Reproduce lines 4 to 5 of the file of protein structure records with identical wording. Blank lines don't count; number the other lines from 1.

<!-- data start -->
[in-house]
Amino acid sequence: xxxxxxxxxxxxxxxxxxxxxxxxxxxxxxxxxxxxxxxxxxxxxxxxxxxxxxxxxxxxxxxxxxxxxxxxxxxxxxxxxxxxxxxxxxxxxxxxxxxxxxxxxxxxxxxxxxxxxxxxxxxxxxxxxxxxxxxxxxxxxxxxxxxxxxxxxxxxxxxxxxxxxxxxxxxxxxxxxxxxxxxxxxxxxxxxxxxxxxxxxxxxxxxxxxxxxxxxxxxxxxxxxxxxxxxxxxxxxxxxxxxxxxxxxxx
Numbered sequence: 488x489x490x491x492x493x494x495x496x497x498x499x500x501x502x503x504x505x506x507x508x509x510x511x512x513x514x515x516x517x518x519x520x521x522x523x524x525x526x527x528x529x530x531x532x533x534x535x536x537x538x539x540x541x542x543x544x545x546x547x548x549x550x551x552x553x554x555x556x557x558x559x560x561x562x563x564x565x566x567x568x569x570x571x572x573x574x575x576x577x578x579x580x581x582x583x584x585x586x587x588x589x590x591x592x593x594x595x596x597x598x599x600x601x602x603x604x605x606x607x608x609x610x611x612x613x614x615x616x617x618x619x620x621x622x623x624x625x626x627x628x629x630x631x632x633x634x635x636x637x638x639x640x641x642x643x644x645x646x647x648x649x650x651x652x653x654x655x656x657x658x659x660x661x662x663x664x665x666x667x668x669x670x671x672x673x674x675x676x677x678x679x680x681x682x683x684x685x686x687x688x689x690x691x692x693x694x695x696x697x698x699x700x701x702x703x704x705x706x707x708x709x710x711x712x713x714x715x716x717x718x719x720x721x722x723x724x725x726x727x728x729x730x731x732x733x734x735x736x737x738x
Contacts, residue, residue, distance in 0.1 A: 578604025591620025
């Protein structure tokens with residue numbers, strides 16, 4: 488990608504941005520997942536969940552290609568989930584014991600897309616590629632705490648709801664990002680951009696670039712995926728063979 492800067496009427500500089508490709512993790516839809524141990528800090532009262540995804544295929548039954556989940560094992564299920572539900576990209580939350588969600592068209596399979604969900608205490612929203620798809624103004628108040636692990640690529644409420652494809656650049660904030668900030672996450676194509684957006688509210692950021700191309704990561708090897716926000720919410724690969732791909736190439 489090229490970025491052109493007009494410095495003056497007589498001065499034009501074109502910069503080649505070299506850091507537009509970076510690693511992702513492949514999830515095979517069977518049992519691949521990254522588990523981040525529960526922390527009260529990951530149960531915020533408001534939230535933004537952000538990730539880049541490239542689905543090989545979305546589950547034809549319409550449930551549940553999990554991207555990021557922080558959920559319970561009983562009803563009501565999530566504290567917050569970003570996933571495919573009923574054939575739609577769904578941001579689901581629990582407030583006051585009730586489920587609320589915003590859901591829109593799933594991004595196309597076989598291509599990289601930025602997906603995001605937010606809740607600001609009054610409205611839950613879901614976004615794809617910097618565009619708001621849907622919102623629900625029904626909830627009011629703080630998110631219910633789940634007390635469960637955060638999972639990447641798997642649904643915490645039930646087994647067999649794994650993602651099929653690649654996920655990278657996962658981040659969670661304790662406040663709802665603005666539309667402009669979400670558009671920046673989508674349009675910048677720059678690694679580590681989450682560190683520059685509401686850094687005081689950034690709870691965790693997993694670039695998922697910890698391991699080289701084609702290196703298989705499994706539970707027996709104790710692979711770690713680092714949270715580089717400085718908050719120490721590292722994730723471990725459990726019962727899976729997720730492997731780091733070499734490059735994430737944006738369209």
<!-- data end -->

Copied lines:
Contacts, residue, residue, distance in 0.1 A: 578604025591620025
């Protein structure tokens with residue numbers, strides 16, 4: 488990608504941005520997942536969940552290609568989930584014991600897309616590629632705490648709801664990002680951009696670039712995926728063979 492800067496009427500500089508490709512993790516839809524141990528800090532009262540995804544295929548039954556989940560094992564299920572539900576990209580939350588969600592068209596399979604969900608205490612929203620798809624103004628108040636692990640690529644409420652494809656650049660904030668900030672996450676194509684957006688509210692950021700191309704990561708090897716926000720919410724690969732791909736190439 489090229490970025491052109493007009494410095495003056497007589498001065499034009501074109502910069503080649505070299506850091507537009509970076510690693511992702513492949514999830515095979517069977518049992519691949521990254522588990523981040525529960526922390527009260529990951530149960531915020533408001534939230535933004537952000538990730539880049541490239542689905543090989545979305546589950547034809549319409550449930551549940553999990554991207555990021557922080558959920559319970561009983562009803563009501565999530566504290567917050569970003570996933571495919573009923574054939575739609577769904578941001579689901581629990582407030583006051585009730586489920587609320589915003590859901591829109593799933594991004595196309597076989598291509599990289601930025602997906603995001605937010606809740607600001609009054610409205611839950613879901614976004615794809617910097618565009619708001621849907622919102623629900625029904626909830627009011629703080630998110631219910633789940634007390635469960637955060638999972639990447641798997642649904643915490645039930646087994647067999649794994650993602651099929653690649654996920655990278657996962658981040659969670661304790662406040663709802665603005666539309667402009669979400670558009671920046673989508674349009675910048677720059678690694679580590681989450682560190683520059685509401686850094687005081689950034690709870691965790693997993694670039695998922697910890698391991699080289701084609702290196703298989705499994706539970707027996709104790710692979711770690713680092714949270715580089717400085718908050719120490721590292722994730723471990725459990726019962727899976729997720730492997731780091733070499734490059735994430737944006738369209």